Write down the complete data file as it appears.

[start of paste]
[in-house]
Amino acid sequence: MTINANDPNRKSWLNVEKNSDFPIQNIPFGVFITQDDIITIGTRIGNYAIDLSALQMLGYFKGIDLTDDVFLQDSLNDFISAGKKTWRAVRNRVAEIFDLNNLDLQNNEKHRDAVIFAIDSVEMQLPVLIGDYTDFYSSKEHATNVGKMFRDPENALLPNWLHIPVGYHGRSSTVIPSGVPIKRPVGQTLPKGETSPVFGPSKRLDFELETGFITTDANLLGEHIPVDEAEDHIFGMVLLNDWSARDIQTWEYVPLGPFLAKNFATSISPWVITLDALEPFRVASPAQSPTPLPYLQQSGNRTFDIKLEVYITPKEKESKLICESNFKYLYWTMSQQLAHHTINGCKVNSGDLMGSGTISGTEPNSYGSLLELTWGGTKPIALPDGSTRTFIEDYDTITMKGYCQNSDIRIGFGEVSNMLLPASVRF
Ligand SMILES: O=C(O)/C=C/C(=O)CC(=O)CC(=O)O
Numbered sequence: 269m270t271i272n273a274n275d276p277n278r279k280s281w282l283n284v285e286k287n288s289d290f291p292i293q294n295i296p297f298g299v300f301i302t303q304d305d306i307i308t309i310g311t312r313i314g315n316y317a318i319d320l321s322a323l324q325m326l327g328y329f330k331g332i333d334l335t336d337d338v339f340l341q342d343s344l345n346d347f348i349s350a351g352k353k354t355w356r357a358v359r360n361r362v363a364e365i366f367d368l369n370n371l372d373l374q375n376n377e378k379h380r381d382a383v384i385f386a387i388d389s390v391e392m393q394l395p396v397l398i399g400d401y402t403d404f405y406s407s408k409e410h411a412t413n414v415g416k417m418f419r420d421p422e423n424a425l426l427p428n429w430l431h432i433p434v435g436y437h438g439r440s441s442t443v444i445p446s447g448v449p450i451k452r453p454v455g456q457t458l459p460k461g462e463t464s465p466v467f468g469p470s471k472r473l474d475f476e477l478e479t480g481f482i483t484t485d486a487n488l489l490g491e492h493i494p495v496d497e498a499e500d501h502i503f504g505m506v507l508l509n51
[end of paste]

[in-house]
Amino acid sequence: MTINANDPNRKSWLNVEKNSDFPIQNIPFGVFITQDDIITIGTRIGNYAIDLSALQMLGYFKGIDLTDDVFLQDSLNDFISAGKKTWRAVRNRVAEIFDLNNLDLQNNEKHRDAVIFAIDSVEMQLPVLIGDYTDFYSSKEHATNVGKMFRDPENALLPNWLHIPVGYHGRSSTVIPSGVPIKRPVGQTLPKGETSPVFGPSKRLDFELETGFITTDANLLGEHIPVDEAEDHIFGMVLLNDWSARDIQTWEYVPLGPFLAKNFATSISPWVITLDALEPFRVASPAQSPTPLPYLQQSGNRTFDIKLEVYITPKEKESKLICESNFKYLYWTMSQQLAHHTINGCKVNSGDLMGSGTISGTEPNSYGSLLELTWGGTKPIALPDGSTRTFIEDYDTITMKGYCQNSDIRIGFGEVSNMLLPASVRF
Ligand SMILES: O=C(O)/C=C/C(=O)CC(=O)CC(=O)O
Numbered sequence: 269m270t271i272n273a274n275d276p277n278r279k280s281w282l283n284v285e286k287n288s289d290f291p292i293q294n295i296p297f298g299v300f301i302t303q304d305d306i307i308t309i310g311t312r313i314g315n316y317a318i319d320l321s322a323l324q325m326l327g328y329f330k331g332i333d334l335t336d337d338v339f340l341q342d343s344l345n346d347f348i349s350a351g352k353k354t355w356r357a358v359r360n361r362v363a364e365i366f367d368l369n370n371l372d373l374q375n376n377e378k379h380r381d382a383v384i385f386a387i388d389s390v391e392m393q394l395p396v397l398i399g400d401y402t403d404f405y406s407s408k409e410h411a412t413n414v415g416k417m418f419r420d421p422e423n424a425l426l427p428n429w430l431h432i433p434v435g436y437h438g439r440s441s442t443v444i445p446s447g448v449p450i451k452r453p454v455g456q457t458l459p460k461g462e463t464s465p466v467f468g469p470s471k472r473l474d475f476e477l478e479t480g481f482i483t484t485d486a487n488l489l490g491e492h493i494p495v496d497e498a499e500d501h502i503f504g505m506v507l508l509n51